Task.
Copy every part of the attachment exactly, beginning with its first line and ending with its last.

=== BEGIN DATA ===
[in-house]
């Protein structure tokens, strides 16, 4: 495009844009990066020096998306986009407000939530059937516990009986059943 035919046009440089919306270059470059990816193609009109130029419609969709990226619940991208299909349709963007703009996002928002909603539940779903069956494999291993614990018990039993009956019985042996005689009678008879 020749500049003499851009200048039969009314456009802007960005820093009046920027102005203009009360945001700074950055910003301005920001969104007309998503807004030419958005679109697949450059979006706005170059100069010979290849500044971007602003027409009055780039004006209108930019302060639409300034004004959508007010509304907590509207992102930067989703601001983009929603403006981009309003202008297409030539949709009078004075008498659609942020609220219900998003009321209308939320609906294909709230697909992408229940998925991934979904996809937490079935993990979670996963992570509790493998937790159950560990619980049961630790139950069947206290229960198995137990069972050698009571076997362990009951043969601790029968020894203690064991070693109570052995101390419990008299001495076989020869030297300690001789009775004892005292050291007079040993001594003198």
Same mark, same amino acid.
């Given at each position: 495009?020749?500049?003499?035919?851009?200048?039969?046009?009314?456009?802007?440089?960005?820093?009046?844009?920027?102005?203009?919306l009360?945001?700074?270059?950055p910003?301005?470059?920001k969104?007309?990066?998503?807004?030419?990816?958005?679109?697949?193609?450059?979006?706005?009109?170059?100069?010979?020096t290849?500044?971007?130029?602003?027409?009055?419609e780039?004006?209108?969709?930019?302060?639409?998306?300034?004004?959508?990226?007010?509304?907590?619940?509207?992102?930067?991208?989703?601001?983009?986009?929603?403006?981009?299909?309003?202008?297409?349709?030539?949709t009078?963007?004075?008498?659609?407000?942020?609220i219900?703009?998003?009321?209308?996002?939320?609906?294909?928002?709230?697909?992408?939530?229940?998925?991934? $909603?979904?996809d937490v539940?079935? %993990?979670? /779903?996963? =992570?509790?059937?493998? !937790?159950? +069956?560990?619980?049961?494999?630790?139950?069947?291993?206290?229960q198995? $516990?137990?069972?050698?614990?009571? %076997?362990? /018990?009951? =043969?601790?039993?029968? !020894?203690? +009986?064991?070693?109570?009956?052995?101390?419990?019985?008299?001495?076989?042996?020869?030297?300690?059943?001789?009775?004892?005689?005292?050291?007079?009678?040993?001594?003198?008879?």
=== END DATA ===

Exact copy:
[in-house]
């Protein structure tokens, strides 16, 4: 495009844009990066020096998306986009407000939530059937516990009986059943 035919046009440089919306270059470059990816193609009109130029419609969709990226619940991208299909349709963007703009996002928002909603539940779903069956494999291993614990018990039993009956019985042996005689009678008879 020749500049003499851009200048039969009314456009802007960005820093009046920027102005203009009360945001700074950055910003301005920001969104007309998503807004030419958005679109697949450059979006706005170059100069010979290849500044971007602003027409009055780039004006209108930019302060639409300034004004959508007010509304907590509207992102930067989703601001983009929603403006981009309003202008297409030539949709009078004075008498659609942020609220219900998003009321209308939320609906294909709230697909992408229940998925991934979904996809937490079935993990979670996963992570509790493998937790159950560990619980049961630790139950069947206290229960198995137990069972050698009571076997362990009951043969601790029968020894203690064991070693109570052995101390419990008299001495076989020869030297300690001789009775004892005292050291007079040993001594003198």
Same mark, same amino acid.
């Given at each position: 495009?020749?500049?003499?035919?851009?200048?039969?046009?009314?456009?802007?440089?960005?820093?009046?844009?920027?102005?203009?919306l009360?945001?700074?270059?950055p910003?301005?470059?920001k969104?007309?990066?998503?807004?030419?990816?958005?679109?697949?193609?450059?979006?706005?009109?170059?100069?010979?020096t290849?500044?971007?130029?602003?027409?009055?419609e780039?004006?209108?969709?930019?302060?639409?998306?300034?004004?959508?990226?007010?509304?907590?619940?509207?992102?930067?991208?989703?601001?983009?986009?929603?403006?981009?299909?309003?202008?297409?349709?030539?949709t009078?963007?004075?008498?659609?407000?942020?609220i219900?703009?998003?009321?209308?996002?939320?609906?294909?928002?709230?697909?992408?939530?229940?998925?991934? $909603?979904?996809d937490v539940?079935? %993990?979670? /779903?996963? =992570?509790?059937?493998? !937790?159950? +069956?560990?619980?049961?494999?630790?139950?069947?291993?206290?229960q198995? $516990?137990?069972?050698?614990?009571? %076997?362990? /018990?009951? =043969?601790?039993?029968? !020894?203690? +009986?064991?070693?109570?009956?052995?101390?419990?019985?008299?001495?076989?042996?020869?030297?300690?059943?001789?009775?004892?005689?005292?050291?007079?009678?040993?001594?003198?008879?």